in search of solitude

You hear a lot about “the loneliness of the long distance runner.”

Which makes it sound like a bad thing, but…

I crave that solitude.

 

I walked through downtown Seattle recently, unable to run and trying to merge errands with a pleasant walk by the water. It surprised me how quickly I became frustrated by the noise, the people walking by, the multitude of things interrupting my thoughts. I tried to put on headphones but the tinny music made it worse.

I wanted to slip through the woods hearing nothing but the trees and the light tapping of my feet. I found a park but even the park was filled with people whose eye contact I wanted to avoid, whose conversations I wanted to not hear, who I wanted to breeze past in my own world.

But I couldn’t run, and that inability is making me so grateful for the times I have, and will, run alone again.

Then I will watch the shadows on the trail from the nettles that seem to always be where you think they’re not. I’ll round corners I think are going to be downhill but are actually steep hikes up to the sky, and take off my shoes before I go home so my sore feet can seek out the energy of the grass beneath them.

I want to tune into my own breathing, mimic the rush of wind between trees, that breeze coming off of the water that reminds you there’s motion in the world beyond your own.

I want to figure out what I’m thinking about all the time, what’s beneath the way I exist on the surface. There’s something deeper in me and I want to know it.

I want to know who I am, truly, what I know and what I don’t and what I really care about learning.

I’ll admit, city runs are an amazing way to see a new city, to open up a world beyond the one you already know…

but sometimes getting away from it all is what you need.

I think this is probably why people do yoga, only I have the patience of a flea and can only hold a pose for about 3 seconds before it starts hurting. I feel more relaxed when I’m faced with the challenge of an enormous hill or watching my footfall over uneven terrain.

There’s just something about moving through the world relying on just your body and your mind to get you someplace.

I want to run alone so I get a clearer picture of myself. How do I react when faced with a challenge? What speed, what distance makes my body sing out in joy? In pain? How much pain can I take, what can I push through, how much is too much ?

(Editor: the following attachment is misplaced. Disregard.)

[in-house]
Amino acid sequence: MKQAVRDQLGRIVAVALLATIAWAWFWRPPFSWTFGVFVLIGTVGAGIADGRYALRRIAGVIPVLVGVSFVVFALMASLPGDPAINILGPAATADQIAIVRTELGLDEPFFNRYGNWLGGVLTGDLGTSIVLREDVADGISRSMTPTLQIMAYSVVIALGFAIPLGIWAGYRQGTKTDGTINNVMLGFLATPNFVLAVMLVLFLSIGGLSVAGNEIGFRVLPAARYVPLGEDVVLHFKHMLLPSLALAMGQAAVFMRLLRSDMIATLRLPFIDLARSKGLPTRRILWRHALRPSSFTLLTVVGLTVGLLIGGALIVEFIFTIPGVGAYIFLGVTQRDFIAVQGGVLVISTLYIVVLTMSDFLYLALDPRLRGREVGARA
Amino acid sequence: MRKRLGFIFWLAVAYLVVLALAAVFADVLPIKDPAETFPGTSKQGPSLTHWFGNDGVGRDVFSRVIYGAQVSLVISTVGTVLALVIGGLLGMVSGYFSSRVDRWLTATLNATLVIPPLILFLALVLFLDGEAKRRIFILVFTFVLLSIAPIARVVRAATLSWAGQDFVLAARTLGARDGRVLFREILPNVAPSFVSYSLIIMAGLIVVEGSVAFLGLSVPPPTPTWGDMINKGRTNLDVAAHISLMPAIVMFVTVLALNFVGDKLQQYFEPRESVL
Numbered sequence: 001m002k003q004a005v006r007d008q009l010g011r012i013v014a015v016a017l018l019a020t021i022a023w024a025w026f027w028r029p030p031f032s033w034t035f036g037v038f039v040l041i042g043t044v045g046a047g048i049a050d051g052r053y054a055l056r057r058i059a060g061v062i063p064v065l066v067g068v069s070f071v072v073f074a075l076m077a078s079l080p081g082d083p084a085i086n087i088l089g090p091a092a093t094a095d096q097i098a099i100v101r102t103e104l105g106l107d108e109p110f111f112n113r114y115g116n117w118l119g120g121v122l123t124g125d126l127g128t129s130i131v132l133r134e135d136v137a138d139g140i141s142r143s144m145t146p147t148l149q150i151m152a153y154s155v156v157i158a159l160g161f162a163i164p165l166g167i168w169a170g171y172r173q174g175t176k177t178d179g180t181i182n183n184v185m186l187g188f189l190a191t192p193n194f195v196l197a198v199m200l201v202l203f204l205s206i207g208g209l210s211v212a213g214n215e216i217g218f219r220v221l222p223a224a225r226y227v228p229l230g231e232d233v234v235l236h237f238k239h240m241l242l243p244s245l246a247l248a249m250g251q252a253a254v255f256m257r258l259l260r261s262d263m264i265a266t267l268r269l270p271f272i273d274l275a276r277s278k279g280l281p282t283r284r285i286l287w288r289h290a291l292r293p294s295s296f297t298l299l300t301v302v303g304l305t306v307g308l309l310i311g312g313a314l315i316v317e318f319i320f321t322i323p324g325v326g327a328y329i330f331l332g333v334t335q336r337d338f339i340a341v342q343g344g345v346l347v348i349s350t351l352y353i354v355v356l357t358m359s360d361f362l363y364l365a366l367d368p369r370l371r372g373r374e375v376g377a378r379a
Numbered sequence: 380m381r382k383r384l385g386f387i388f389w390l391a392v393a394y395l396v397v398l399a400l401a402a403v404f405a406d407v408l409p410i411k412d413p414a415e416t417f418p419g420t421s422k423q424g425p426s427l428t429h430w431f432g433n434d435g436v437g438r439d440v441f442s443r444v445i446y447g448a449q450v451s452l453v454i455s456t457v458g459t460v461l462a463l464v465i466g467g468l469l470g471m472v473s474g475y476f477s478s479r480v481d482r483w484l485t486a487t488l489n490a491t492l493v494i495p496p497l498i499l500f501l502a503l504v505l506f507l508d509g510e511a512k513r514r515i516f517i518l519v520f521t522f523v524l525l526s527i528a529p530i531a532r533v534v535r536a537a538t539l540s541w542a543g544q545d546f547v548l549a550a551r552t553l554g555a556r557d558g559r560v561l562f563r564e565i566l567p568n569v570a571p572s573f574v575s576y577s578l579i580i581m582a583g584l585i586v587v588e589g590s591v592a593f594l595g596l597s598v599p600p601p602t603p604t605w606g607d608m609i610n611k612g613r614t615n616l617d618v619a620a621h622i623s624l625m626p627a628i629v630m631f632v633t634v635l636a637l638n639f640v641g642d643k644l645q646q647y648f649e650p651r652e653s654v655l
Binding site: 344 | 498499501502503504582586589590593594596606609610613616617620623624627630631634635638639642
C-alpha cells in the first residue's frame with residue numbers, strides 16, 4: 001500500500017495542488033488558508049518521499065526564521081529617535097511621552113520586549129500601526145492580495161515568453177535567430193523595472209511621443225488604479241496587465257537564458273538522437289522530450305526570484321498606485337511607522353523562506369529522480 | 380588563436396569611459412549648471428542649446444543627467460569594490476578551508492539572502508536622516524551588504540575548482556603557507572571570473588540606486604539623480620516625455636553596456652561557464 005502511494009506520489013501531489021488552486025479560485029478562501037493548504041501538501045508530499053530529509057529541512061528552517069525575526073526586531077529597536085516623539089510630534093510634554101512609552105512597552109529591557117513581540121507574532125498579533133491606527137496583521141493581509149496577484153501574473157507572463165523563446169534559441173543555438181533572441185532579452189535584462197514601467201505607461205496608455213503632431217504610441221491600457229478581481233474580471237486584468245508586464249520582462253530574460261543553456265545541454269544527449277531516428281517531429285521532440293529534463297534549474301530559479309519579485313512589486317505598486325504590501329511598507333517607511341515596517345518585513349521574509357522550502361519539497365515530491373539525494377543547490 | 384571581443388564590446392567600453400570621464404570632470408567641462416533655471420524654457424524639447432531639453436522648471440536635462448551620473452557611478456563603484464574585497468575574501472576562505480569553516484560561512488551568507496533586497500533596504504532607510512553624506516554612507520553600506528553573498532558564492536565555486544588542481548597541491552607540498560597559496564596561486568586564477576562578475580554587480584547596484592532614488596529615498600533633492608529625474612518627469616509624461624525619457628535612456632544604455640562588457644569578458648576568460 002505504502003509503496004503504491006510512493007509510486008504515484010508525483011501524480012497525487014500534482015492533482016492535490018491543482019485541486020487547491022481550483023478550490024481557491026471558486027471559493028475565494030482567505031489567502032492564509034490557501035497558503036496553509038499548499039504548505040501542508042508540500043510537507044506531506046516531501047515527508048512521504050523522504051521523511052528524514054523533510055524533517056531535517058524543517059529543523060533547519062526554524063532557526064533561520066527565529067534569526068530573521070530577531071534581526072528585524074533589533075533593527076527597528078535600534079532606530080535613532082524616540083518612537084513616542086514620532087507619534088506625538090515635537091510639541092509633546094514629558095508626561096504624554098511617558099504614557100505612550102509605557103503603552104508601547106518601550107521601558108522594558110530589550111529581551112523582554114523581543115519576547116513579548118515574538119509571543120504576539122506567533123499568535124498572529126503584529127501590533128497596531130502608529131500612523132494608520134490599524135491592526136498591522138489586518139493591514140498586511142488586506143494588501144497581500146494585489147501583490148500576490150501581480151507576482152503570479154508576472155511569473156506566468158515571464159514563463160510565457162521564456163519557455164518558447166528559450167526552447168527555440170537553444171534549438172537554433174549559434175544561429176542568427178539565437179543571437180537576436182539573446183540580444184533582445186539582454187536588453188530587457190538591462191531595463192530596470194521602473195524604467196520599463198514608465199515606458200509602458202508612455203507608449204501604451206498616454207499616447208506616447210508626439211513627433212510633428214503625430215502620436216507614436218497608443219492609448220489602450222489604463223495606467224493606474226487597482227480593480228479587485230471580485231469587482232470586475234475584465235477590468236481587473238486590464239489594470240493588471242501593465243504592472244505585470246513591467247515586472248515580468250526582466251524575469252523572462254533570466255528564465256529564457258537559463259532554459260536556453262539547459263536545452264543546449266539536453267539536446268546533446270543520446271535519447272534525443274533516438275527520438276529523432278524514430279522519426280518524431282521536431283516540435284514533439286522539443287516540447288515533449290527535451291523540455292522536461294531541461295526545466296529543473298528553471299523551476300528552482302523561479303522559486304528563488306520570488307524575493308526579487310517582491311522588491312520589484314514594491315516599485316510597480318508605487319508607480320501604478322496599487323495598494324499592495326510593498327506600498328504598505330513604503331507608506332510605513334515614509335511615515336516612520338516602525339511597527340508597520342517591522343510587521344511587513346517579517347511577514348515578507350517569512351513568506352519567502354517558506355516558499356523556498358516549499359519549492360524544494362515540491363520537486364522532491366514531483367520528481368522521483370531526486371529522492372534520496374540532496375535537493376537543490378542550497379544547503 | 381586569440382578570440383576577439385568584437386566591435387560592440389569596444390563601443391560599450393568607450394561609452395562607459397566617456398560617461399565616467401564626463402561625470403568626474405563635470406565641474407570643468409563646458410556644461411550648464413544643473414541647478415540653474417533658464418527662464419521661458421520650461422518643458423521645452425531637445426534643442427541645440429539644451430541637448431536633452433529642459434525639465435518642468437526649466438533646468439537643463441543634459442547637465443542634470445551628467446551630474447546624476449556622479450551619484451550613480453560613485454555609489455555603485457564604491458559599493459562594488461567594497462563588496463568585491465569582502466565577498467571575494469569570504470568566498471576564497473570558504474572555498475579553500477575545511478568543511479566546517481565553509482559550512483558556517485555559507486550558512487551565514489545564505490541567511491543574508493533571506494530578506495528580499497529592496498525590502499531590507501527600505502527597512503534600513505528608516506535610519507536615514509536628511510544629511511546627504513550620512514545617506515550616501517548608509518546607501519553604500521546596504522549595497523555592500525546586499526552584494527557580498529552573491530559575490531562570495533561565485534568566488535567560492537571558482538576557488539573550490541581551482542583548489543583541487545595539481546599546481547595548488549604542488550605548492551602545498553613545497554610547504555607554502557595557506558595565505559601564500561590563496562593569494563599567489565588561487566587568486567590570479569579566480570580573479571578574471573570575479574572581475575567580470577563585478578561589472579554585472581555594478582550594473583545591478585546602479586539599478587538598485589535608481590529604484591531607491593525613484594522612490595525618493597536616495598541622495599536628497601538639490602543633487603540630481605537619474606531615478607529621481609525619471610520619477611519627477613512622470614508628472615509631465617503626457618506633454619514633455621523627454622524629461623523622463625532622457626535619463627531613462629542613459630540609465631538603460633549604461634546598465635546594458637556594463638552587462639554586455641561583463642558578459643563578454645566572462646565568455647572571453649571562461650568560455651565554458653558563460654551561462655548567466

How much stronger than I think I am can I become?

I believe that the purest version of ourselves emerges when we are alone. When we are immersed in something that we love and that challenges us.

Running in a group makes me feel connected, social, happy.

Running alone makes me feel alive.

I am free to be selfish, to consider the needs and desires of no one but myself. I am permitted to be wild- no one can see the expression on my face, no one can hear the things I might say to myself. I can daydream and annoy no one with the fact that my mind is light years away from the present.

I’ve cried while running, pouring my heart and soul and the worst emotions I’ve felt into the ugliest of runs, and while I didn’t feel magnificent after, it felt like it helped lift some weight.

I’ve also bounced along grinning, rejoicing in the freedom of being alive and free and having a working heart and body and the fact that I get to be wherever I am, now, doing this one thing I love so much.

Again and again when I need to find myself, the answer is not to sit down and write about things.

It is not to read self help books or to turn to Google. It is not to sit and fume, to lash out, or even to blast loud music (though that can help).

Instead I rely on the resplendent, beautiful loneliness that is part of being a long distance runner- a pleasant loneliness, and a remarkable one.

When I need to find myself there are a few steps I take.

I put on running shoes.

I walk out the door.

I run miles and miles, enjoying the companionable quiet of solitude.

 

 

 

 

 

 

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